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Auntie’s Bloomers or dirty washing?

October 23, 2012

I have little to add to the furore over the reported actions of Jimmy Savile. Every right-thinking person should be repulsed by the abuse of any other human being, but particularly of those least able to defend themselves.

That it is the BBC that is the recipient of the major part of the political ire, when it is suggested that Savile carried on his abuse at children’s homes and hospitals, is hardly surprising.

The BBC is an easy target for politicians and competitors, partly because a good BBC storm helps deflect attention from the casual destruction of some of the support services in social work and NHS which would, one might hope, prevent occurrences of abuse, or at the very least pick up some of the pieces

There there are not many politicians who have put their heads above the parapet without inviting the Corporation’s scrutiny. That there is now an argument around Newsnight in particular must feel like birthdays and Christmas all rolled into one for the opportunist BBC-baiters.

However, much it is right that an independent investigation is carried out to see what lessons can be learned from this sorry mess, it is not for Parliament to scrutinise any editorial decisions taken at the BBC, even if they turn out to have been astronomically misguided. The editorial policy of the BBC should not be without accountability, but that accountability should be to the Governors and the BBC Board. It is to these folk that the DG should be scuttling in to see today.

If Parliament is allowed to interfere in the editorial policy of the BBC, it will be a bad day for the BBC, but also Parliament. An independent news media organisation, which at least makes it a rule to be impartial, and I would say, given the criticism of bias from both sides of the House largely achieves this, is an incredibly valuable addition to society. It provides a degree of protection from the more extreme lunacy of the politicians by casting scrutiny over what they say and do. No doubt an absence of this would be attractive to politicians. That is the reason it must not happen.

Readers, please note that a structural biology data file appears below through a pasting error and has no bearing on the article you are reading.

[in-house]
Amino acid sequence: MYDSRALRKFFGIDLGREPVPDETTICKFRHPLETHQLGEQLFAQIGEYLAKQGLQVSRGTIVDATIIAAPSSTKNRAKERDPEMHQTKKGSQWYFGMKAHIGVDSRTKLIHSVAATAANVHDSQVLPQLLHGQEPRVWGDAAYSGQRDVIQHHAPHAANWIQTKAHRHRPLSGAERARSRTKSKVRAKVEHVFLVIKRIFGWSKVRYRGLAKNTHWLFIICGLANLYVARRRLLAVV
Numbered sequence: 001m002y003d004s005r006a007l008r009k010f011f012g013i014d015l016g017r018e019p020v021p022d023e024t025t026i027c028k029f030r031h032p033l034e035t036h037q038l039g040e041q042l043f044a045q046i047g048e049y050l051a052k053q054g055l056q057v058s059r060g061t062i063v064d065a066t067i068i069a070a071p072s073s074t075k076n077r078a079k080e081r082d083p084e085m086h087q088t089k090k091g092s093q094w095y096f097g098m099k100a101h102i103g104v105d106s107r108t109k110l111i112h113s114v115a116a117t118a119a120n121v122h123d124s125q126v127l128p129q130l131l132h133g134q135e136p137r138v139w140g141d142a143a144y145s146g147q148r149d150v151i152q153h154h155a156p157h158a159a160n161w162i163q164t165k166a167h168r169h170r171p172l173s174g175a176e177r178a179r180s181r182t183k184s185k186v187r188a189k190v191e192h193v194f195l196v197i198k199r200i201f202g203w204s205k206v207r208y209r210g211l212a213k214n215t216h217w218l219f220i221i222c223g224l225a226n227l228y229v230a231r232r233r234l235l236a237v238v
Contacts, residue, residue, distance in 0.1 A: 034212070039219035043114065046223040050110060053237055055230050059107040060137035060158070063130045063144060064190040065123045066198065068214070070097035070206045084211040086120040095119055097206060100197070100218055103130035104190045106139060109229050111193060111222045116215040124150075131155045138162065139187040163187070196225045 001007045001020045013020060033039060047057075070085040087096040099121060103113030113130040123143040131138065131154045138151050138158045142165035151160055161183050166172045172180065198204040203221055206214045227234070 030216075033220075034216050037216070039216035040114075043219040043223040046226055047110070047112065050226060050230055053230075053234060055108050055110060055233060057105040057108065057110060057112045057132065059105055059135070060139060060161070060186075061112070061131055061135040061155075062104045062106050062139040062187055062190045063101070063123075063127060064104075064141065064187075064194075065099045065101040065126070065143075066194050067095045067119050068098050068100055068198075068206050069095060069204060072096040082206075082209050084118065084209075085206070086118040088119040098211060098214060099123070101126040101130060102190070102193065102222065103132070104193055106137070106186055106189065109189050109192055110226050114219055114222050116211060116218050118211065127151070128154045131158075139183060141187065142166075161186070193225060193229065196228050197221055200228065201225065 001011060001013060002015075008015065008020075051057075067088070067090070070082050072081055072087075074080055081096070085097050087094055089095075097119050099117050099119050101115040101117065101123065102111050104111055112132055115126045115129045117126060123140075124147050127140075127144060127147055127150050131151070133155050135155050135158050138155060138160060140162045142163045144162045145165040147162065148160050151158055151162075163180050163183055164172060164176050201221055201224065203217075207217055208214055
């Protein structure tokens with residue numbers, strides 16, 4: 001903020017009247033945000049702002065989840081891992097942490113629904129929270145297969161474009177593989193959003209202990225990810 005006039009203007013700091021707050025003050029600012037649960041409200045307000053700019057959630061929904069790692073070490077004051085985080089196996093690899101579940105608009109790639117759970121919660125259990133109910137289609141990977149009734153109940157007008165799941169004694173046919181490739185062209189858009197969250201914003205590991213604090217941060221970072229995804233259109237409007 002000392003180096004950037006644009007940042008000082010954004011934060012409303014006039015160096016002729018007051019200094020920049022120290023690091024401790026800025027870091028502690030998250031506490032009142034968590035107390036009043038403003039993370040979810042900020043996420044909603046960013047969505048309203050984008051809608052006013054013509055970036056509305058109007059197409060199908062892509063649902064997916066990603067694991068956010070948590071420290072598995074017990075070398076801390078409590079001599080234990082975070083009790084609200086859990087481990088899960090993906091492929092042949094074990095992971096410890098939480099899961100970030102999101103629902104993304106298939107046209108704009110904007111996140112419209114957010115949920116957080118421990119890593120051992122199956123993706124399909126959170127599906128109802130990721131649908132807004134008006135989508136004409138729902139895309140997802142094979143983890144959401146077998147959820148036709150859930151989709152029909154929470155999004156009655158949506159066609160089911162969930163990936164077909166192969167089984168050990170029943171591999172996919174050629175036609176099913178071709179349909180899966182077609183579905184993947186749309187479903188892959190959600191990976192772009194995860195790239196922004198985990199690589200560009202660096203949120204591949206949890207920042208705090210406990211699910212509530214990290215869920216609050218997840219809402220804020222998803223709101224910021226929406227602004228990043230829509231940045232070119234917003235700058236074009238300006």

Sadly, as happened with the Andrew Gilligan affair, the BBC appears to be ready to eat itself from the inside over this. Certainly it looks like mistakes were made, and inevitably people will pay for those mistakes. This is all well and good, but I do not believe much is achieved by sacking capable people because a filthy predator was able to either pull the wool over their eyes, or to gain enough power in the Corporation to shut down any dissent or investigation.

The failure of the BBC and other organisations to stop the abuse is a much more serious thing than the failure to report it, notwithstanding the nature of the BBC. The internal editorial failure is a cause for investigation, but to focus the wider investigation on the BBC rather than the hospitals and institutions where Savile is said to have committed this litany of perversion is narrow sighted and a betrayal of those he abused.

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